Identifying women at risk for delayed presentation of breast cancer: a cross-sectional study in Estonia
1 Department of Epidemiology and Biostatistics, National Institute for Health Development, Tallinn, Estonia
2 Clinic of Hematology and Oncology, Tartu University Hospital, Tartu, Estonia
3 Clinic of Hematology and Oncology, University of Tartu, Tartu, Estonia
4 Clinic of Hematology and Oncology, North Estonia Medical Centre, Tallinn, Estonia
5 Competence Centre for Cancer Research, Tallinn, Estonia
6 Clinic of Surgery, North Estonia Medical Centre, Tallinn, Estonia
BMC Public Health 2013, 13:947 doi:10.1186/1471-2458-13-947Published: 9 October 2013
Survival from breast cancer remains lower in Estonia than in most other European countries. More advanced stage and larger tumors that have impact on survival may be a result of delay in seeking help for breast cancer symptoms. The aim of this study was to identify determinants of delayed presentation among breast cancer patients in Estonia.
The study population included women with primary breast cancer diagnosed in Estonia in 2008–2010. All data were collected using structured personal interviews carried out by trained nurses in the hospital setting. Only patients with self-discovered symptoms were included in this analysis. Patient delay was measured as time elapsing from symptom self-discovery to first medical consultation. The effect of different factors on the likelihood of prolonged delay (>90 days) was evaluated using logistic regression.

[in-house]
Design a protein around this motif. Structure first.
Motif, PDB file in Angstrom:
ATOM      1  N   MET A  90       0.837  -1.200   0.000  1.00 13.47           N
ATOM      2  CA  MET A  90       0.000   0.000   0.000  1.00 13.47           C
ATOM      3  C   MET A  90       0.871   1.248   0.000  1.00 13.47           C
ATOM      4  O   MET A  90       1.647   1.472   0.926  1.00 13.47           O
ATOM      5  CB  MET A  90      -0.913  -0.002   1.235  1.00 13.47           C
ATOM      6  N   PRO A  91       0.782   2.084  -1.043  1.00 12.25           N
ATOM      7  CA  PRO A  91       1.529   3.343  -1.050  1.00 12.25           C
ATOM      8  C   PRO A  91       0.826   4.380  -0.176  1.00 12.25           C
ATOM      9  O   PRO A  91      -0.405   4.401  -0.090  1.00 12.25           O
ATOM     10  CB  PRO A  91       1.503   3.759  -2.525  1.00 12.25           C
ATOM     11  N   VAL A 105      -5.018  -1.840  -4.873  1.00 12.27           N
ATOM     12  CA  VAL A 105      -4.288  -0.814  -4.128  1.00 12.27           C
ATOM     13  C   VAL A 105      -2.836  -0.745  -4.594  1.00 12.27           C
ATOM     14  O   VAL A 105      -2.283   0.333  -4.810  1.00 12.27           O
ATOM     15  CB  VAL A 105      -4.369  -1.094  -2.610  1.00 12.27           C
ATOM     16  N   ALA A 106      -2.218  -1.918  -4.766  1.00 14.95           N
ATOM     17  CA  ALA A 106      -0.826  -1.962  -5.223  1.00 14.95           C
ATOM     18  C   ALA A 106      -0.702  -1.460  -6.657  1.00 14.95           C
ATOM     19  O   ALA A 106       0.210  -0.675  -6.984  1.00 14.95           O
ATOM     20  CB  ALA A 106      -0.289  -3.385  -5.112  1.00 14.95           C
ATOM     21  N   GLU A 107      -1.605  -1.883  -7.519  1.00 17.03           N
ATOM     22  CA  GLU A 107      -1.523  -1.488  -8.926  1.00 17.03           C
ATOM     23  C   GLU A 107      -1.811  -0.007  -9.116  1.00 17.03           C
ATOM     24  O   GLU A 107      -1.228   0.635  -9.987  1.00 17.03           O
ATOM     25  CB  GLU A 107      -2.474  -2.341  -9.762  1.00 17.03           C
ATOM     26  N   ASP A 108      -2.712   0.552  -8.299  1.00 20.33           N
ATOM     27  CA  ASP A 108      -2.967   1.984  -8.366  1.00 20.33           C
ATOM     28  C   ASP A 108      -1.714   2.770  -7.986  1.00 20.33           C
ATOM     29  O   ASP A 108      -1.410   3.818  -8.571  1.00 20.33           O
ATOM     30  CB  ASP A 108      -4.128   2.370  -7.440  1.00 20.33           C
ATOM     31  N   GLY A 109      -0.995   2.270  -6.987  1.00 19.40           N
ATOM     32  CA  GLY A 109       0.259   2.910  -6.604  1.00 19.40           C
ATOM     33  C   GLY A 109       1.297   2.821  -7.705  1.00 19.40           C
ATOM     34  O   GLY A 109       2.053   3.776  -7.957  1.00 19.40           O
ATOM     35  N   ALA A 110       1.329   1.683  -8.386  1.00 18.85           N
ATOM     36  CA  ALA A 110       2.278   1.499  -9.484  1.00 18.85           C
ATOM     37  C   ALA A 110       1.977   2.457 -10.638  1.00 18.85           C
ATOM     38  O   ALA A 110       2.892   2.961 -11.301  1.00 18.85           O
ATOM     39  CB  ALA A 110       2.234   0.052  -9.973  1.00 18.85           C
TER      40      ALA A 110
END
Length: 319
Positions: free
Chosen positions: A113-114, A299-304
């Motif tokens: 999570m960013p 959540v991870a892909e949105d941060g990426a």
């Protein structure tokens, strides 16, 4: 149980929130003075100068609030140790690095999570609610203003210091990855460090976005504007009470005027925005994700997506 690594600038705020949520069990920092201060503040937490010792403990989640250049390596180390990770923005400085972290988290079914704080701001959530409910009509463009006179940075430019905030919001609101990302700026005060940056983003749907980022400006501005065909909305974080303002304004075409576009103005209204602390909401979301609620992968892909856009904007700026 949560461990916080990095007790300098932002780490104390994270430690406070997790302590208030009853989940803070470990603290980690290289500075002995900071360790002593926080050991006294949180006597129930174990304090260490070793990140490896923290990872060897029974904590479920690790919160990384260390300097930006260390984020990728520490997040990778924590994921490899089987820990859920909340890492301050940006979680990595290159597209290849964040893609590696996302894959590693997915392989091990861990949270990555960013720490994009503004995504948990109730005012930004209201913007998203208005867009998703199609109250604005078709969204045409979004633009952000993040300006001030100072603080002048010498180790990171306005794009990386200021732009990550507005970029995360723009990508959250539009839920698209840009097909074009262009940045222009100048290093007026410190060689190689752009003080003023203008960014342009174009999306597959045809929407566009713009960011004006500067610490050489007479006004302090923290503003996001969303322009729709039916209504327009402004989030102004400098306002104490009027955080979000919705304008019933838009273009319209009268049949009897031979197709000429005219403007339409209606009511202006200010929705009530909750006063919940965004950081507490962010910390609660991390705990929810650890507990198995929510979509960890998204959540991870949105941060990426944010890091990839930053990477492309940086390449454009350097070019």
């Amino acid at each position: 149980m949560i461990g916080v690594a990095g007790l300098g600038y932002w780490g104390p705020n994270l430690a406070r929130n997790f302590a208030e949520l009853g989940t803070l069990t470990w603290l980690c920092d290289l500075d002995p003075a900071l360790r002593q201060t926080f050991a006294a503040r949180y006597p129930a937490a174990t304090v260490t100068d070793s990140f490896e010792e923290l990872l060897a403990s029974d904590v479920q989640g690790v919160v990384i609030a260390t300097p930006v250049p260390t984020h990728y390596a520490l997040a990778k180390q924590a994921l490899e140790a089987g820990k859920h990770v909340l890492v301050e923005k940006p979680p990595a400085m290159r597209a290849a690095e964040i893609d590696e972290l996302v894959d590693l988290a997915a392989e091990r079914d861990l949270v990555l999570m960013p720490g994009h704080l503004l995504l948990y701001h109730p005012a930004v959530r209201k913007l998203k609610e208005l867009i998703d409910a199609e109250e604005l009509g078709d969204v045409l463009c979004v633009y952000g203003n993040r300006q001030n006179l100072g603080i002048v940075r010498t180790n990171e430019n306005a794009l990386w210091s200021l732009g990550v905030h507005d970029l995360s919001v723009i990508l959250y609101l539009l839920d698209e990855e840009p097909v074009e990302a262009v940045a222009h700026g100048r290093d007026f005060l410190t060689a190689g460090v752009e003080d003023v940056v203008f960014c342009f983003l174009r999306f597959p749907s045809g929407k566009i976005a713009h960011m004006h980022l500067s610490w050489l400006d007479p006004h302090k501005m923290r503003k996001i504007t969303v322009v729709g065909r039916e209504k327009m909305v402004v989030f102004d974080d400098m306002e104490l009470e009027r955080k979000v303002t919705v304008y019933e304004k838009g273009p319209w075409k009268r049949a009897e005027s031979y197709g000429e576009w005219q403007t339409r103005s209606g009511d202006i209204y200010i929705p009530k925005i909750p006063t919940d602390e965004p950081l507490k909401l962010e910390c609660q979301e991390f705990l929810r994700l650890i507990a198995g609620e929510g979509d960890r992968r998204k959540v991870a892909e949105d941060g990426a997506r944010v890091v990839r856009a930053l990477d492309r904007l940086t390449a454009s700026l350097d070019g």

Among 703 eligible patients, median patient delay was 16 days (interquartile range 5–54 days). Seventeen percent of the patients had their first medical consultation more than three months after self-detection of symptoms. In multivariate analysis, the risk of prolonged delay was significantly associated with age 65 years and over (OR 2.27, 95% CI 1.23–4.20), current smoking (OR 2.09, 95% CI 1.21–3.61), symptoms other than painless breast lump or breast pain (OR 1.84, 95% CI 1.08–3.16), no history of mammograms (OR 1.83, 95% CI 1.13–2.95), having received no information on breast cancer during past year (OR 1.77, 95% CI 1.05–2.99), and previous benign breast problems (OR 1.65, 95% CI 1.01–2.67). Non-significant risk increase was seen with lower education.
This study provides evidence that factors associated with delayed presentation of breast cancer in Eastern Europe are similar to those observed in Western countries. The results suggest that educational messages to general population should aim at increasing awareness of “non-lump” symptoms of breast cancer and encouraging women of all ages to present in a timely manner. Women at risk for delayed presentation such as smokers and women with no history of mammograms could be identified in the primary care setting.